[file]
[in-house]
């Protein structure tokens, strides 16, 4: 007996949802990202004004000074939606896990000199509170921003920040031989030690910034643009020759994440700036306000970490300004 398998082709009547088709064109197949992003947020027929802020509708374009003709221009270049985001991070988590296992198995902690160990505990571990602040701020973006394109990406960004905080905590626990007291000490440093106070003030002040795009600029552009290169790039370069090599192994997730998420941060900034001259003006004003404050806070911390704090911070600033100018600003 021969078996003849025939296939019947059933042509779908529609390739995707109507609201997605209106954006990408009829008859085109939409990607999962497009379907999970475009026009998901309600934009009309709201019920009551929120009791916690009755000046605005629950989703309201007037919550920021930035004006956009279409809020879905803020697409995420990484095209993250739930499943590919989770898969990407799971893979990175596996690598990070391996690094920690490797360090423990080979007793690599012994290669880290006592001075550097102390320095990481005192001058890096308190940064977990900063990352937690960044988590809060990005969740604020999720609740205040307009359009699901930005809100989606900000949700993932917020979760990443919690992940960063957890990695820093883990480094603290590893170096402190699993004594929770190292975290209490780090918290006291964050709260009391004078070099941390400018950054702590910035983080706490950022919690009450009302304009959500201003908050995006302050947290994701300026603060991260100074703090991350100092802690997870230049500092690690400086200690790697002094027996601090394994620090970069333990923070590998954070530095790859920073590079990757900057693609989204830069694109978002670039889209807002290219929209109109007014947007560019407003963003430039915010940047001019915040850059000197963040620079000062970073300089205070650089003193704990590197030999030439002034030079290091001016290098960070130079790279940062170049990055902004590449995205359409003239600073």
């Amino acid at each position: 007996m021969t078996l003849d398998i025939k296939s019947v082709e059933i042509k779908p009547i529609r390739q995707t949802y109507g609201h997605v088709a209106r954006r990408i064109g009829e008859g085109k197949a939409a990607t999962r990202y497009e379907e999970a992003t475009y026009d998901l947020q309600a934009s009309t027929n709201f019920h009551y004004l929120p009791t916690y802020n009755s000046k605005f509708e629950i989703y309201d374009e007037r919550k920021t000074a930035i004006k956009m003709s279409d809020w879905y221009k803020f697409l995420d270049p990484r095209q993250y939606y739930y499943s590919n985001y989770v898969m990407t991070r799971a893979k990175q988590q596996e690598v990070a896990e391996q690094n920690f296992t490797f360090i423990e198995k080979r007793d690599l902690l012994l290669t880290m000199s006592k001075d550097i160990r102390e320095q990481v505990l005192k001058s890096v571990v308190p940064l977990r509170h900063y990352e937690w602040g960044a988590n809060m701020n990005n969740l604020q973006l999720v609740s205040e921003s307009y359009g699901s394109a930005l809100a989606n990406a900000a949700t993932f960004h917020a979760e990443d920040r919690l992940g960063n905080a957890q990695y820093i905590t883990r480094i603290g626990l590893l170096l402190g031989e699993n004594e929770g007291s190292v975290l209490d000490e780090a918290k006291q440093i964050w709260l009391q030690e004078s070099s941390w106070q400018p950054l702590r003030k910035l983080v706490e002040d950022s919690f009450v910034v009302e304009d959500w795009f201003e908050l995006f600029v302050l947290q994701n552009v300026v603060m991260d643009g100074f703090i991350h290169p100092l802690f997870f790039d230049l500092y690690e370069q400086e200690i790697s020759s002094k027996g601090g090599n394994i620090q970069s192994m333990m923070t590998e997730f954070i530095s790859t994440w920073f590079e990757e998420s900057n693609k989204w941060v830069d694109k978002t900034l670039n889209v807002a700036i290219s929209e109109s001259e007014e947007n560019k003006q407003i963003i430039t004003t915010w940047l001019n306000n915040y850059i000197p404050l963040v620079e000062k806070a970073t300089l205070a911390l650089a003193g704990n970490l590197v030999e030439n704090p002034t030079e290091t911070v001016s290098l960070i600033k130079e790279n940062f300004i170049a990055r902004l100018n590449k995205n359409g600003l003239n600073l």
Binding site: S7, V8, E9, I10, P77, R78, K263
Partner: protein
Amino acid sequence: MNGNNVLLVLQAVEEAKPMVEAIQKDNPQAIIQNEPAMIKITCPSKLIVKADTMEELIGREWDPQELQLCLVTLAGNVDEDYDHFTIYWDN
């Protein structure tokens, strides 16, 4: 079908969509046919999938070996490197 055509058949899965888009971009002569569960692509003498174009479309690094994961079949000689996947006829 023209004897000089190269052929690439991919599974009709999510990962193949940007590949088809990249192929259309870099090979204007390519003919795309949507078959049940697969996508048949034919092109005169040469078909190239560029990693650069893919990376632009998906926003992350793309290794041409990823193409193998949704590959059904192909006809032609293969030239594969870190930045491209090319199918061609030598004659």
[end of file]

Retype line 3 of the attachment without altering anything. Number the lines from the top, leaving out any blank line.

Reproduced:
């Amino acid at each position: 007996m021969t078996l003849d398998i025939k296939s019947v082709e059933i042509k779908p009547i529609r390739q995707t949802y109507g609201h997605v088709a209106r954006r990408i064109g009829e008859g085109k197949a939409a990607t999962r990202y497009e379907e999970a992003t475009y026009d998901l947020q309600a934009s009309t027929n709201f019920h009551y004004l929120p009791t916690y802020n009755s000046k605005f509708e629950i989703y309201d374009e007037r919550k920021t000074a930035i004006k956009m003709s279409d809020w879905y221009k803020f697409l995420d270049p990484r095209q993250y939606y739930y499943s590919n985001y989770v898969m990407t991070r799971a893979k990175q988590q596996e690598v990070a896990e391996q690094n920690f296992t490797f360090i423990e198995k080979r007793d690599l902690l012994l290669t880290m000199s006592k001075d550097i160990r102390e320095q990481v505990l005192k001058s890096v571990v308190p940064l977990r509170h900063y990352e937690w602040g960044a988590n809060m701020n990005n969740l604020q973006l999720v609740s205040e921003s307009y359009g699901s394109a930005l809100a989606n990406a900000a949700t993932f960004h917020a979760e990443d920040r919690l992940g960063n905080a957890q990695y820093i905590t883990r480094i603290g626990l590893l170096l402190g031989e699993n004594e929770g007291s190292v975290l209490d000490e780090a918290k006291q440093i964050w709260l009391q030690e004078s070099s941390w106070q400018p950054l702590r003030k910035l983080v706490e002040d950022s919690f009450v910034v009302e304009d959500w795009f201003e908050l995006f600029v302050l947290q994701n552009v300026v603060m991260d643009g100074f703090i991350h290169p100092l802690f997870f790039d230049l500092y690690e370069q400086e200690i790697s020759s002094k027996g601090g090599n394994i620090q970069s192994m333990m923070t590998e997730f954070i530095s790859t994440w920073f590079e990757e998420s900057n693609k989204w941060v830069d694109k978002t900034l670039n889209v807002a700036i290219s929209e109109s001259e007014e947007n560019k003006q407003i963003i430039t004003t915010w940047l001019n306000n915040y850059i000197p404050l963040v620079e000062k806070a970073t300089l205070a911390l650089a003193g704990n970490l590197v030999e030439n704090p002034t030079e290091t911070v001016s290098l960070i600033k130079e790279n940062f300004i170049a990055r902004l100018n590449k995205n359409g600003l003239n600073l």